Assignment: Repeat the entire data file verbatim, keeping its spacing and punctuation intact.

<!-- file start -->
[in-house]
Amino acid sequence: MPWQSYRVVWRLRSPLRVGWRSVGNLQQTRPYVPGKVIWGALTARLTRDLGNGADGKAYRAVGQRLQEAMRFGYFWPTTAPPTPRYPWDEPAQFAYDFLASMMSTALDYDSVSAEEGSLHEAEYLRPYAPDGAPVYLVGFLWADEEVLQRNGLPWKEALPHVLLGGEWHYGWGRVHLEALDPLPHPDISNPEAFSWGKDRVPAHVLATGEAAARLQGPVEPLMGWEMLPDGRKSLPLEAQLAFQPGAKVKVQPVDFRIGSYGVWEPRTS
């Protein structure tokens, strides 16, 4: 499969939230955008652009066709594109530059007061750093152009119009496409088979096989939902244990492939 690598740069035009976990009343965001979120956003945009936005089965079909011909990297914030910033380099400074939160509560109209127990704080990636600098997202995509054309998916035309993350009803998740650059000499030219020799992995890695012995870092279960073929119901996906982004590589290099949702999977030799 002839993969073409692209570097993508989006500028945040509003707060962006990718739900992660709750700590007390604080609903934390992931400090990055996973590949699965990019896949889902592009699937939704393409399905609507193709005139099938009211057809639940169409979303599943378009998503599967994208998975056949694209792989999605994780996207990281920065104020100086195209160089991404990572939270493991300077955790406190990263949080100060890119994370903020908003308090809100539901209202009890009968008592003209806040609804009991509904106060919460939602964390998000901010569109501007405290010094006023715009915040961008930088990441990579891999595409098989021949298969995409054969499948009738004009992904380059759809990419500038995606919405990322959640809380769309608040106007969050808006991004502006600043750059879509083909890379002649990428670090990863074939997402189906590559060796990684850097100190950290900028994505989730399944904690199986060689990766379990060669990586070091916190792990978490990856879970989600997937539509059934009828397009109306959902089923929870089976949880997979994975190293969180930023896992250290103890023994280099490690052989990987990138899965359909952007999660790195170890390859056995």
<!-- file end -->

[in-house]
Amino acid sequence: MPWQSYRVVWRLRSPLRVGWRSVGNLQQTRPYVPGKVIWGALTARLTRDLGNGADGKAYRAVGQRLQEAMRFGYFWPTTAPPTPRYPWDEPAQFAYDFLASMMSTALDYDSVSAEEGSLHEAEYLRPYAPDGAPVYLVGFLWADEEVLQRNGLPWKEALPHVLLGGEWHYGWGRVHLEALDPLPHPDISNPEAFSWGKDRVPAHVLATGEAAARLQGPVEPLMGWEMLPDGRKSLPLEAQLAFQPGAKVKVQPVDFRIGSYGVWEPRTS
């Protein structure tokens, strides 16, 4: 499969939230955008652009066709594109530059007061750093152009119009496409088979096989939902244990492939 690598740069035009976990009343965001979120956003945009936005089965079909011909990297914030910033380099400074939160509560109209127990704080990636600098997202995509054309998916035309993350009803998740650059000499030219020799992995890695012995870092279960073929119901996906982004590589290099949702999977030799 002839993969073409692209570097993508989006500028945040509003707060962006990718739900992660709750700590007390604080609903934390992931400090990055996973590949699965990019896949889902592009699937939704393409399905609507193709005139099938009211057809639940169409979303599943378009998503599967994208998975056949694209792989999605994780996207990281920065104020100086195209160089991404990572939270493991300077955790406190990263949080100060890119994370903020908003308090809100539901209202009890009968008592003209806040609804009991509904106060919460939602964390998000901010569109501007405290010094006023715009915040961008930088990441990579891999595409098989021949298969995409054969499948009738004009992904380059759809990419500038995606919405990322959640809380769309608040106007969050808006991004502006600043750059879509083909890379002649990428670090990863074939997402189906590559060796990684850097100190950290900028994505989730399944904690199986060689990766379990060669990586070091916190792990978490990856879970989600997937539509059934009828397009109306959902089923929870089976949880997979994975190293969180930023896992250290103890023994280099490690052989990987990138899965359909952007999660790195170890390859056995």